John Downing: ‘Some in the UK have an ill-judged sense of grievance against us’


John Downing: ‘Some in the UK have an ill-judged sense of grievance against us’


A view of the Palace of Westminster. Stock picture
A view of the Palace of Westminster. Stock picture

The very last thing anyone in Ireland should do right now is gloat. As recently as just weeks ago, nobody would have been unduly surprised to hear the Taoiseach was visiting EU capitals in a five-to-midnight effort to rally support for Ireland’s cause.

Today, it is UK Prime Minister Theresa May who is playing that role. And in a curious piece of role-reversal, she is due in Dublin to try to enlist Irish support ahead of another Brexit EU leaders’ summit in Brussels tomorrow.

Among the many strange things surrounding this Brexit rolling political car crash is a persistent feeling among some in England that Ireland somehow wants to “punish” them. It has come across fleetingly, but recurrently, in various British media exchanges.

It is the notion that Ireland, with all its 4.8 million people amid the total EU bloc’s 500 million, is somehow managing to “wind” the other 26 remaining member states against London.

Yesterday a respected BBC political journalist, Nicholas Watt, revealed this growing, bogus notion in a piece for that news organisation’s website.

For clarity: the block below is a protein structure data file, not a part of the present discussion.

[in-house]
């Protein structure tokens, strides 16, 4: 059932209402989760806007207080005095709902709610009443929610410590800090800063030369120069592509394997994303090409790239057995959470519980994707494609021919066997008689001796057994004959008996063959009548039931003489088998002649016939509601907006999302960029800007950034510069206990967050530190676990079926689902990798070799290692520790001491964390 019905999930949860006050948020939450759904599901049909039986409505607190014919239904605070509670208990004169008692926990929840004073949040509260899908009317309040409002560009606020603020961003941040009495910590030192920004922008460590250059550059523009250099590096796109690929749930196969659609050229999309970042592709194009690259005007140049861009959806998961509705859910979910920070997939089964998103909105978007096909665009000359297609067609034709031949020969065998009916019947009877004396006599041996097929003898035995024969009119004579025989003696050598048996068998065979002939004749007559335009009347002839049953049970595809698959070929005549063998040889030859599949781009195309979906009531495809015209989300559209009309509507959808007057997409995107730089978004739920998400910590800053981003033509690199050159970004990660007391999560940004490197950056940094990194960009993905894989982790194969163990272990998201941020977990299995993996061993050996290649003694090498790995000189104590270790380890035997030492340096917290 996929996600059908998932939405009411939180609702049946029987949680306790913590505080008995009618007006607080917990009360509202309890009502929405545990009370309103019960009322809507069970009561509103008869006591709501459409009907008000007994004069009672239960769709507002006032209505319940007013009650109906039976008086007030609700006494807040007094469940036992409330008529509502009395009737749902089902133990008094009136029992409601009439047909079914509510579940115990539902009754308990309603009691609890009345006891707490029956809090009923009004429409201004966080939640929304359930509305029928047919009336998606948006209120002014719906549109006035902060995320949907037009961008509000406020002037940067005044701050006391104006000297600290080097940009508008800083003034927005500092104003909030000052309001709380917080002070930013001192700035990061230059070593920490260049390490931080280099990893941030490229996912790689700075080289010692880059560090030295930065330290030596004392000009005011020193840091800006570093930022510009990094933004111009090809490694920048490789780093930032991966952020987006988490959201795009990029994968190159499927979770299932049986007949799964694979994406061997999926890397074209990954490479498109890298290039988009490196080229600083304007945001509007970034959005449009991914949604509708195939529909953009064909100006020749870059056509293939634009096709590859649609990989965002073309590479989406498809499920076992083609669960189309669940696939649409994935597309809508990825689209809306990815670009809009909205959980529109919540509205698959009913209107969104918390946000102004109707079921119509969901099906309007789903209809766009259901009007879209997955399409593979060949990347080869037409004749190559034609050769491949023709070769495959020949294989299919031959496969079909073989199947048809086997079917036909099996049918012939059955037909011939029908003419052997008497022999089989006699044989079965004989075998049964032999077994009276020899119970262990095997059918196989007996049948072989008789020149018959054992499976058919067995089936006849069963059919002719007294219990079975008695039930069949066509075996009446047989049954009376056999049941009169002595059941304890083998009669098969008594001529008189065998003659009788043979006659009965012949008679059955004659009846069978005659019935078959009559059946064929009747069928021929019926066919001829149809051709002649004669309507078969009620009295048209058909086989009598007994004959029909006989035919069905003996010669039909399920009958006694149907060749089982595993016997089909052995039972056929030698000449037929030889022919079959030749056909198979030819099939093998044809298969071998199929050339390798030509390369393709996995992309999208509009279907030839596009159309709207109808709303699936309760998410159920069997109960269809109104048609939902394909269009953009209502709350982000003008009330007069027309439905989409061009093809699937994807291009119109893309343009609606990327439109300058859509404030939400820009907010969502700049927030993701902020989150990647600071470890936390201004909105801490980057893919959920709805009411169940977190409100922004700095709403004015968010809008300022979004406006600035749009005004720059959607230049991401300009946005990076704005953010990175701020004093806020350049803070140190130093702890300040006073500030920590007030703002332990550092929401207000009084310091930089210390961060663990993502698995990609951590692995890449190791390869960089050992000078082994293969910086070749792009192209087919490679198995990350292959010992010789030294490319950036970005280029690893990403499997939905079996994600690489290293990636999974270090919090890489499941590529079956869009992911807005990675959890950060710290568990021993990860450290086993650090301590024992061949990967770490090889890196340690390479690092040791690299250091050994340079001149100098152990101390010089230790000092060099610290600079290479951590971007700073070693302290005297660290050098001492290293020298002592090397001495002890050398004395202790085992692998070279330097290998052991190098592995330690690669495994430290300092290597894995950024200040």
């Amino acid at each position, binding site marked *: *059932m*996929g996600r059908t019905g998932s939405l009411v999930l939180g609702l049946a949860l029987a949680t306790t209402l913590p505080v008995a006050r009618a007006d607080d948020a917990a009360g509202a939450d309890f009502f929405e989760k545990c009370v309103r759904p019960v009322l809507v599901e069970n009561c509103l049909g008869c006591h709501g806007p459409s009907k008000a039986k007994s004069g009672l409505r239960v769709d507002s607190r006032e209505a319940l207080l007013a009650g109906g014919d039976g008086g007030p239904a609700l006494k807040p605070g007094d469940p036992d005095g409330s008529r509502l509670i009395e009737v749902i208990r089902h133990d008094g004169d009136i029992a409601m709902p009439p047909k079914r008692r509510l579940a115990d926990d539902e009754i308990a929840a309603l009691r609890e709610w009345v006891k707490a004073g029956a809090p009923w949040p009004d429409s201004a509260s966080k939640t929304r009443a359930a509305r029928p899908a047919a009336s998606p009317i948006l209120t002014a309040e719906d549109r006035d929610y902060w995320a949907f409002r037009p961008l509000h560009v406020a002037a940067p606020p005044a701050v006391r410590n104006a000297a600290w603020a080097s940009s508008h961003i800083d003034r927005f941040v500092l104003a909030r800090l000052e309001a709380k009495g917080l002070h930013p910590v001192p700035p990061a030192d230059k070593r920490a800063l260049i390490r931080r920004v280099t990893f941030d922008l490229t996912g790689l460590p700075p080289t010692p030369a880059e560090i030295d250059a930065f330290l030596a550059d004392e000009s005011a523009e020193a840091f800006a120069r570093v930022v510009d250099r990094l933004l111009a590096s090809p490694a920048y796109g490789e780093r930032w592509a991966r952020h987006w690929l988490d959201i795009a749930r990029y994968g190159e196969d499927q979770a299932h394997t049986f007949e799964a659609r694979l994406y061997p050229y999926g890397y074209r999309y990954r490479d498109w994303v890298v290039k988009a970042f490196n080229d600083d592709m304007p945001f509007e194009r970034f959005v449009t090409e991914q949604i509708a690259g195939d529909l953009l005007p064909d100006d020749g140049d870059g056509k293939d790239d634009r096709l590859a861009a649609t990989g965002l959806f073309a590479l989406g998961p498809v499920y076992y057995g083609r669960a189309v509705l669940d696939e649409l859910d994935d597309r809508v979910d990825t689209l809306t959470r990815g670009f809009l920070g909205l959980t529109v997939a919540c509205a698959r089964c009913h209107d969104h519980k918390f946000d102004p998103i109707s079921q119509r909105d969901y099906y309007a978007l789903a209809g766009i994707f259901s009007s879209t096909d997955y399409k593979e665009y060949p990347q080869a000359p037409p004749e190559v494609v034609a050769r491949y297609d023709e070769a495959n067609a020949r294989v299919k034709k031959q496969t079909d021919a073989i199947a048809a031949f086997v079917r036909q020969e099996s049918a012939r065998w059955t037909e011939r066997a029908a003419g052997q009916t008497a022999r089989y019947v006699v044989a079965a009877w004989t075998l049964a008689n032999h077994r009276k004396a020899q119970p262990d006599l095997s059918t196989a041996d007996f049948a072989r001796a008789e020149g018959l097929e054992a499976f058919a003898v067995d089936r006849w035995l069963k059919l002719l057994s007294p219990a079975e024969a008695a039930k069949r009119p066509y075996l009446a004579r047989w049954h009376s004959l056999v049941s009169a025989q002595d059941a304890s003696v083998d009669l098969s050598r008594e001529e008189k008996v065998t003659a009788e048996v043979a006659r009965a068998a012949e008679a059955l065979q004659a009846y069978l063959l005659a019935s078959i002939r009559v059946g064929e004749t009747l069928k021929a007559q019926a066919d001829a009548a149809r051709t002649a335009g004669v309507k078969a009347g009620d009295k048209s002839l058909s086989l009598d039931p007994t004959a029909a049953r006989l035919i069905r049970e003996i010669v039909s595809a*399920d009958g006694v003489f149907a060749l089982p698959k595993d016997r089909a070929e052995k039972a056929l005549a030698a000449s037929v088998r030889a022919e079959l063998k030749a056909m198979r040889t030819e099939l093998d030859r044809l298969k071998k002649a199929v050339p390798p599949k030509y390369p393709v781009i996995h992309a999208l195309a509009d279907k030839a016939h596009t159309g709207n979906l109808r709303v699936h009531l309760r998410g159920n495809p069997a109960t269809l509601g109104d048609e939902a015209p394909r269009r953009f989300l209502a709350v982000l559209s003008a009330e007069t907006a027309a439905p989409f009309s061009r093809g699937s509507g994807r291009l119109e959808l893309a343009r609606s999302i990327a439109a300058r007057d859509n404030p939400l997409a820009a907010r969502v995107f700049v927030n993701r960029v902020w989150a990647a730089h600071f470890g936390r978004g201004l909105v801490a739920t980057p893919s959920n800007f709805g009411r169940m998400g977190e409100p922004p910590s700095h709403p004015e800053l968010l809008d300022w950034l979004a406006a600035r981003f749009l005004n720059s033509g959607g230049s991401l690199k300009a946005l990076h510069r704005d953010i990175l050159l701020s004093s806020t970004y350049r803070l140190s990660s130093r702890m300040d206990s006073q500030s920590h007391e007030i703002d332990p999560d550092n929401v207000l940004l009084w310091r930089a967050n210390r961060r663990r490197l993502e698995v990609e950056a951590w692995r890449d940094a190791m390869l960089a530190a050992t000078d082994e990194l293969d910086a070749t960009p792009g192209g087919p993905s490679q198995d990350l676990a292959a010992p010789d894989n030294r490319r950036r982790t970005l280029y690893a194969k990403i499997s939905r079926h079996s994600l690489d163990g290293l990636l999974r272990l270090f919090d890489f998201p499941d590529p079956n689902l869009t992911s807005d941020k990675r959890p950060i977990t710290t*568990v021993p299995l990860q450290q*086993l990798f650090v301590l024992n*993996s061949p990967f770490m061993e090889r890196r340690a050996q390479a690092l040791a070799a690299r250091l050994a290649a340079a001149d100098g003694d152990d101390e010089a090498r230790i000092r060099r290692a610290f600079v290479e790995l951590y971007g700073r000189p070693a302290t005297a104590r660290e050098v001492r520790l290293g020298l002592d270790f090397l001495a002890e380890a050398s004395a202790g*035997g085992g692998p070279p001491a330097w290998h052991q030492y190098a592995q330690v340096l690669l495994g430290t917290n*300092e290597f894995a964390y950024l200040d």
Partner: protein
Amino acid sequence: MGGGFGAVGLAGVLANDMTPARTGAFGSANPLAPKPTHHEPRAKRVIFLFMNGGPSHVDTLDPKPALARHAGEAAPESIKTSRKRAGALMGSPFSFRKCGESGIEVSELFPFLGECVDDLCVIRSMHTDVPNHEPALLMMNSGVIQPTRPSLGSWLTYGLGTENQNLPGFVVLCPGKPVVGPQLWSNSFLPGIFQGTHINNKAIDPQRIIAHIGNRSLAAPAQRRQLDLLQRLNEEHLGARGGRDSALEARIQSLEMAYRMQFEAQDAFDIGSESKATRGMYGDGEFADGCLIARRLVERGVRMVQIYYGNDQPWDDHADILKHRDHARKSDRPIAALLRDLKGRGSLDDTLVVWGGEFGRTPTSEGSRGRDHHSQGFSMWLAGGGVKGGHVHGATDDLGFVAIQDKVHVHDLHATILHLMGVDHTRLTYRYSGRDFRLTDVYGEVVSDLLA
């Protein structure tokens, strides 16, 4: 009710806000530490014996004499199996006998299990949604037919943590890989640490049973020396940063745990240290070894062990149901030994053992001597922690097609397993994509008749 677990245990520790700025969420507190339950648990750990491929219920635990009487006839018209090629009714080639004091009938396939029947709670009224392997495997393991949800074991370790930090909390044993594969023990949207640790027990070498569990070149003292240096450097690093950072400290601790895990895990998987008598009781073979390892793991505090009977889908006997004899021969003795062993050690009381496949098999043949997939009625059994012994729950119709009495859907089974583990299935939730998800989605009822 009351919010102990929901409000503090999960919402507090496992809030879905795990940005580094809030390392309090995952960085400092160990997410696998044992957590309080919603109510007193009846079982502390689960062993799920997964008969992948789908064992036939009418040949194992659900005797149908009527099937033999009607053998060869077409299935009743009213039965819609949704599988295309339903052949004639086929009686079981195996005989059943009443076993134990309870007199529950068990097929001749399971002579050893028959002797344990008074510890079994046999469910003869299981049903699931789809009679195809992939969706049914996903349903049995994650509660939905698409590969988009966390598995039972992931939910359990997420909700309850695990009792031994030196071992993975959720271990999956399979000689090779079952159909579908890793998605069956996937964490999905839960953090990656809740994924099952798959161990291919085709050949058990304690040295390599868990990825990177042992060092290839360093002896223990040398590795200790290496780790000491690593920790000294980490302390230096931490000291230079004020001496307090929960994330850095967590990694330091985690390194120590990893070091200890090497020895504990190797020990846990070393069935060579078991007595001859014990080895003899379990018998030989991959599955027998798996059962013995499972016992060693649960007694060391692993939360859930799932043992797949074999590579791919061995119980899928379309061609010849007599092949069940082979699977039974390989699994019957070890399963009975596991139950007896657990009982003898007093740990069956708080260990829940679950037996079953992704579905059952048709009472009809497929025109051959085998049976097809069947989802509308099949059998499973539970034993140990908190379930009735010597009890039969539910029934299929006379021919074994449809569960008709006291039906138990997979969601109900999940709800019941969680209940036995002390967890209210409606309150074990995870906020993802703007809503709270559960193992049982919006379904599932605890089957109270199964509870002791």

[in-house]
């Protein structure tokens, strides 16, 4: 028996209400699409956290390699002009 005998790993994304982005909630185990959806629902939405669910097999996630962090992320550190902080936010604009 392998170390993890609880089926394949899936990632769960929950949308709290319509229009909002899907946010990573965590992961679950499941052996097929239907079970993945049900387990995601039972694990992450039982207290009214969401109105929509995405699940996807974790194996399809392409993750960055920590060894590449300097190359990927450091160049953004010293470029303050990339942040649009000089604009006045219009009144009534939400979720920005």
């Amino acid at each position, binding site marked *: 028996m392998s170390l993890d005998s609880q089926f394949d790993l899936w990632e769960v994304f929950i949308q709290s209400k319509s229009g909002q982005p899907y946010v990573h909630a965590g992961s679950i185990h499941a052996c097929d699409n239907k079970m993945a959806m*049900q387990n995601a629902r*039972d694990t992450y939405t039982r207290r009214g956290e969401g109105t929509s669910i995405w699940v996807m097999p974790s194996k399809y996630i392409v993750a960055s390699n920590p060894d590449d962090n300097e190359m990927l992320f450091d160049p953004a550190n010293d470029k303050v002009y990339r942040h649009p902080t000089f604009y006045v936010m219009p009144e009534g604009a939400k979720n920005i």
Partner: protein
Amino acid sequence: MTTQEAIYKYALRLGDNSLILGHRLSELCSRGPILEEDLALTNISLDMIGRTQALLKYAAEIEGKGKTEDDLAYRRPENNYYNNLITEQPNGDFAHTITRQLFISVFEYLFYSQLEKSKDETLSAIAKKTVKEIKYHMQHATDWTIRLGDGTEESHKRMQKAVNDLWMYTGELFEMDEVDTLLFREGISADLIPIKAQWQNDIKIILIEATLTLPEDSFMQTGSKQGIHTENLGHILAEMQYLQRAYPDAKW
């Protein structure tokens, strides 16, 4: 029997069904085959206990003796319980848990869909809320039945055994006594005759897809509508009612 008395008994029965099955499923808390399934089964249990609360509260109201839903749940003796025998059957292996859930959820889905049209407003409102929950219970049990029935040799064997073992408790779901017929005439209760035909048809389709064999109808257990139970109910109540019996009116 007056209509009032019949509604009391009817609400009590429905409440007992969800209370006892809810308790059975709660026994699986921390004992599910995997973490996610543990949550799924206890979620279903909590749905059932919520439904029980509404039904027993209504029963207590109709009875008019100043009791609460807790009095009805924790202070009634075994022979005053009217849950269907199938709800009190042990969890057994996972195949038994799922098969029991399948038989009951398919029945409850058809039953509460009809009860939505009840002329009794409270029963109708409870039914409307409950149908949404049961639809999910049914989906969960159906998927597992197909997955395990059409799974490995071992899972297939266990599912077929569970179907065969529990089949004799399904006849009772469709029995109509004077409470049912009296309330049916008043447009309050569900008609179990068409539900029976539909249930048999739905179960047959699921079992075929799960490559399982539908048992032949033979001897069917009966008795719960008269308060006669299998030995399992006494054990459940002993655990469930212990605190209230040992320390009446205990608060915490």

Mr Watt reported an off-the-record conversation with a former Conservative minister. “We simply cannot allow the Irish to treat us like this,” the man said – adding the “Irish should know their place.”

That is the point where we really need to look at the history of these matters. As the revered British historian Tony Judt noted in his masterful ‘Post War’, a history of Europe after the World War II, Ireland and Denmark were simply towed into the then-EEC in 1973 on the UK’s coat-tails due to both countries’ huge trade dependence on Britain.

In 1962, then-‘Irish Press’ London editor, Des Fisher, interviewed EEC Commission president Walter Hallstein about Ireland’s membership hopes. Mr Hallstein frankly said if Britain’s application succeeded Ireland would follow – if Britain failed, so would Ireland.

Since then the road has forked on many occasions; in 1979 we split with sterling, and in 1999 went with the euro. All the time, the Irish-UK trade dependency reduced – but the relationship also changed.

The British-Irish relationship has often been spiky and difficult. But most of us have close relatives and friends on the larger adjacent island with whom we also share a common language and overlapping cultural interests of all sorts.

The UK and Irish experience of EU membership over almost half a century has been shared and different at one and the same time.

It is hard for some in England to grasp Ireland had to protect itself against the consequences of Brexit.

We pushed a case about Ireland’s needs. We won EU support largely because our needs tallied with the greater EU interests.

Irish Independent


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